Investment drop leaves economy vulnerable to shock

The extractive industries have kept Russia’s economy in the black, but raw materials can only do so much in the long term. Source: LAIF/VOSTOCK-PHOTO

The extractive industries have kept Russia’s economy in the black, but raw materials can only do so much in the long term. Source: LAIF/VOSTOCK-PHOTO

Russia’s extractive industries have almost returned to precrisis levels, but a sharp drop in investment has left the country at the mercy of the global economy.

Three years after the financial crisis in Russia began, the country’s G.D.P. is still short of precrisis levels. But results from the first half of 2011 show that there is not far to go. G.D.P. grew by 4.1 percent in the first quarter of the year and by 3.4 percent in the second. Other macroeconomic indicators also seem encouraging, which has prompted policymakers to declare that the country’s recovery is complete — or that it will be by early 2012. In theory, the situation in Russia indeed seems better than in other parts of the world. And yet to declare the economic crisis in Russia over is premature: T he economy remains dependent on raw materials, and foreign investment has been slow to
return. According to statistics, industrial production in Russia from January to July 2011 is only a fraction of a percent smaller than it was before the crisis. Raw materials extraction has grown by 4 percent, and oil extraction by 4.2 percent compared to precrisis levels. The situation in the mining industry has led to positive general industrial production indicators, reported the Center for Macroeconomic Analysis and Short-Term Forecasting (TsMAKP). Russian industry owes its resurgence to the extractive industries, which have returned to precrisis levels, and investments, which have surpassed previous values, as well as decent profitability, only slightly less than before the crisis.

In figures

4.8% is the amount Russia’s G.D.P. is expected to grow this year, according to estimates from the International Monetary Fund50% of Russia’s budget revenue comes from sales of oil and gas 13% of Russia’s G.D.P. comes from the high-tech and intellectual services industries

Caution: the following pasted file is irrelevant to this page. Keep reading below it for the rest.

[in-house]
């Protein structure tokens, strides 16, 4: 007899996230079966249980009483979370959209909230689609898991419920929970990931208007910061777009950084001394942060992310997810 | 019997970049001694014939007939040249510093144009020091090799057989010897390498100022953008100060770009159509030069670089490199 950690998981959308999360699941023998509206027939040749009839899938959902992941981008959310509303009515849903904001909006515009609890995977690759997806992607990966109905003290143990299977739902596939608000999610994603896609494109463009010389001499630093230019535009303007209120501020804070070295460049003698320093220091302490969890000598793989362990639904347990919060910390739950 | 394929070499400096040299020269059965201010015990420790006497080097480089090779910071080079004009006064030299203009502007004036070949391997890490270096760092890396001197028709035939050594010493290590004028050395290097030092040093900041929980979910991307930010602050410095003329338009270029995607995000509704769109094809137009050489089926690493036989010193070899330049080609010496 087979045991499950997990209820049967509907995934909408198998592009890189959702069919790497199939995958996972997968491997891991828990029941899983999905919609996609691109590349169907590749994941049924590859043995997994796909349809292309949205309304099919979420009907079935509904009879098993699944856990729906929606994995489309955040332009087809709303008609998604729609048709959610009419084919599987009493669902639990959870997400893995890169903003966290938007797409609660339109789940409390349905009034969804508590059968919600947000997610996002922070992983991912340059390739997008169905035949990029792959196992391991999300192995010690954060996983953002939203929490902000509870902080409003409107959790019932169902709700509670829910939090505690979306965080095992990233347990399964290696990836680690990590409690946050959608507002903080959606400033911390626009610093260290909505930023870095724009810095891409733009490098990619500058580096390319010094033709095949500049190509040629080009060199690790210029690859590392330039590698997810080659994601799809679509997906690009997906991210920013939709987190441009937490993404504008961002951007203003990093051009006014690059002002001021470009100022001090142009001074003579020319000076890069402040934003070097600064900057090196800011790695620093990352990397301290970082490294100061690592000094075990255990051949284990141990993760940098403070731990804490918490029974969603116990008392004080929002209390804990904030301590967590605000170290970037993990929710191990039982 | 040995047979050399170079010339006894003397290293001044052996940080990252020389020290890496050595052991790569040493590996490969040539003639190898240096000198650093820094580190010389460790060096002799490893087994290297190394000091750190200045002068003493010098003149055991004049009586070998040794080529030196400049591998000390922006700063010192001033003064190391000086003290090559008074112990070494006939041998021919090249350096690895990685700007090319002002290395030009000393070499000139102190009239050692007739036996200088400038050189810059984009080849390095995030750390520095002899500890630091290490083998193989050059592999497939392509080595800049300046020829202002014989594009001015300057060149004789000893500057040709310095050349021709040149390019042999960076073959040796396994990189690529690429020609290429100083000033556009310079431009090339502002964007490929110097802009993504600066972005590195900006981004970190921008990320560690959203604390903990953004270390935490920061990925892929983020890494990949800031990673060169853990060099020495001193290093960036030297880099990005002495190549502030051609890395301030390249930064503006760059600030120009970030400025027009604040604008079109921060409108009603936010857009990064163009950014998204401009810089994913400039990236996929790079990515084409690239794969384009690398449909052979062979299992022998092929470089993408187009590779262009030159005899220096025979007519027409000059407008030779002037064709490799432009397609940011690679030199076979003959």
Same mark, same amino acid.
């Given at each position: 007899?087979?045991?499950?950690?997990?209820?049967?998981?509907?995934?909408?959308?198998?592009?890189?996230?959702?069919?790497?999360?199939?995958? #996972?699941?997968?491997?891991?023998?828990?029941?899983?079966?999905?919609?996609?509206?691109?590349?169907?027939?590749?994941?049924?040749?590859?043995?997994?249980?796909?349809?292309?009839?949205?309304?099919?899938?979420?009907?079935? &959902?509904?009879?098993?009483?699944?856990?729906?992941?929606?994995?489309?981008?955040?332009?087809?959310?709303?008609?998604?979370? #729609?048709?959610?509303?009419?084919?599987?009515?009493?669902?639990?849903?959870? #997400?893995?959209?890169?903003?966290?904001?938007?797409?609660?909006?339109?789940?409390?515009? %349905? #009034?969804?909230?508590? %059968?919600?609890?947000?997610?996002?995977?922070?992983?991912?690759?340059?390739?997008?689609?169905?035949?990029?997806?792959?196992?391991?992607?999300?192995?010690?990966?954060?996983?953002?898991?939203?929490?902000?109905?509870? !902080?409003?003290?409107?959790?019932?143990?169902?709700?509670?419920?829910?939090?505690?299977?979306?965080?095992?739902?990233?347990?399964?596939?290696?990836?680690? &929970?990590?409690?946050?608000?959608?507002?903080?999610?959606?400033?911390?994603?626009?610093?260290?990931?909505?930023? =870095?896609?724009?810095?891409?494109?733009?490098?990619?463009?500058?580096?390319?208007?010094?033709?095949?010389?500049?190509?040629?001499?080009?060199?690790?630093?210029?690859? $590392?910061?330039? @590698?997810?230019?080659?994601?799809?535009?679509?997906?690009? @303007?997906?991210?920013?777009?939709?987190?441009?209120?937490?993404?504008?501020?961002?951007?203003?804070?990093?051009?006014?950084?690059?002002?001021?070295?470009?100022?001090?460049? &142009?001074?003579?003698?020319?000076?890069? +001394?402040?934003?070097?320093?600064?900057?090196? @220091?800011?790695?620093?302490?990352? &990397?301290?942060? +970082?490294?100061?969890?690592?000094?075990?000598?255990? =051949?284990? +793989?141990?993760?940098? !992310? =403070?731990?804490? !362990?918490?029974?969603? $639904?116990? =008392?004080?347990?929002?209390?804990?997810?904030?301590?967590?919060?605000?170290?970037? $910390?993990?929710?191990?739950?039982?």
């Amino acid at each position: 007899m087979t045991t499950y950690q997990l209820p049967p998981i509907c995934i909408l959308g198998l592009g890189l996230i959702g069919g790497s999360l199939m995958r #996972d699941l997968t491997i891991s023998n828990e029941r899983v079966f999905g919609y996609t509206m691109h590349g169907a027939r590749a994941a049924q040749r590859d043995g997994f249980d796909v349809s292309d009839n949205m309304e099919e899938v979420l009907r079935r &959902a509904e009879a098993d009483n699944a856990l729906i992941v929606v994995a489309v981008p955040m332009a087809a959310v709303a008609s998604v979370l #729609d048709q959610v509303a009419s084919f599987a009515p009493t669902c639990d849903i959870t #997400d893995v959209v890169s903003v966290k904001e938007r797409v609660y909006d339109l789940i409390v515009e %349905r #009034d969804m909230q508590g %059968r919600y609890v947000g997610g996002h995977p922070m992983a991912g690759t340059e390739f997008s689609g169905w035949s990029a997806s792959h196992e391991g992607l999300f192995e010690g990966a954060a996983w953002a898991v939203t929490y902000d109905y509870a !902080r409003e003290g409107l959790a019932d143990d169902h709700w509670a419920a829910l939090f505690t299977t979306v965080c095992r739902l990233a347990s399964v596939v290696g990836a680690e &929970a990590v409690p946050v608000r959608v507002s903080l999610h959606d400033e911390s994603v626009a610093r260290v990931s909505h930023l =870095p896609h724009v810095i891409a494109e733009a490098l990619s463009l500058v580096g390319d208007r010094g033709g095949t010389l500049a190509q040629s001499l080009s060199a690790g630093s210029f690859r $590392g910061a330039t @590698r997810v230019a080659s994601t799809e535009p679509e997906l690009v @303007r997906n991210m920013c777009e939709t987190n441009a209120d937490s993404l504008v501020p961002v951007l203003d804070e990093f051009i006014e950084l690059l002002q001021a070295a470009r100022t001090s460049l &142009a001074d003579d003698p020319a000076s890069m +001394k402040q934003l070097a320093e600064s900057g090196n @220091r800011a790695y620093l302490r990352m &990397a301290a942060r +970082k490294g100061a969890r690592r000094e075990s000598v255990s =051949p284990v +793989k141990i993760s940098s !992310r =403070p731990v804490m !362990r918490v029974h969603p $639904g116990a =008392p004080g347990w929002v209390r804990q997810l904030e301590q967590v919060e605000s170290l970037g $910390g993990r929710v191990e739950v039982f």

The manufacturing industry is behind by 10 percent compared with 2008 levels, although there are exceptions. Consumer production, hydrocarbon processing and the automotive industry are relatively healthy — some because they are focused on the local market, others because of increased production, and yet others thanks to government support programs. Among the manufacturing industries that are lagging are the production of equipment, building materials and metallurgy.Investing in the futureIndustries that are yet to return to precrisis levels “are basically the investment segment,” said Vladimir Salnikov, deputy general director of TsMAKP. “The dynamics of fixed capital investment, an important indicator that determines the quality and dynamics of future development, has failed.” According to TsMAKP estimates, fixed capital investment in the manufacturing industries is 7.5 percent below 2008 levels, profitability is down one quarter, and solvency is down by one-third. The inflow of investment into the Russian economy overall has dropped significantly. Despite a nominal increase (from $102 billion in the first half of 2008 to $112 billion in the first half of 2011), there has been a decline of almost 14 percent in terms of G.D.P.. “This reversal has become rather fixed,” said Salnikov. “It is unclear how long it will be before we see investment growth again.” Now, Russia, like many other countries, has become “a hostage to the situation in Europe and the United States,” said Salnikov. With growing economic problems in these regions and China’s economic slowdown — the growth forecast for China’s G.D.P. was recently lowered, although it still remains high, at 9.3 percent — a correction in commodity prices is not out of the question. This will hurt the Russian economy, which emerged from the 2008
crisis with an even greater dependence on hydrocarbon prices. “We have absolutely no control of such potential problems as they can come from outside, from the global market,” said Salnikov. Nevertheless, he remains optimistic: “Potential growth in developed Western countries is much less than in developing countries. Investors will eventually go where there is the potential. In this sense, Russia ultimately is in a good position. In a deep world crisis, all we want is some assurance of stability in these developing countries so that investors can understand that their investment is protected.” 

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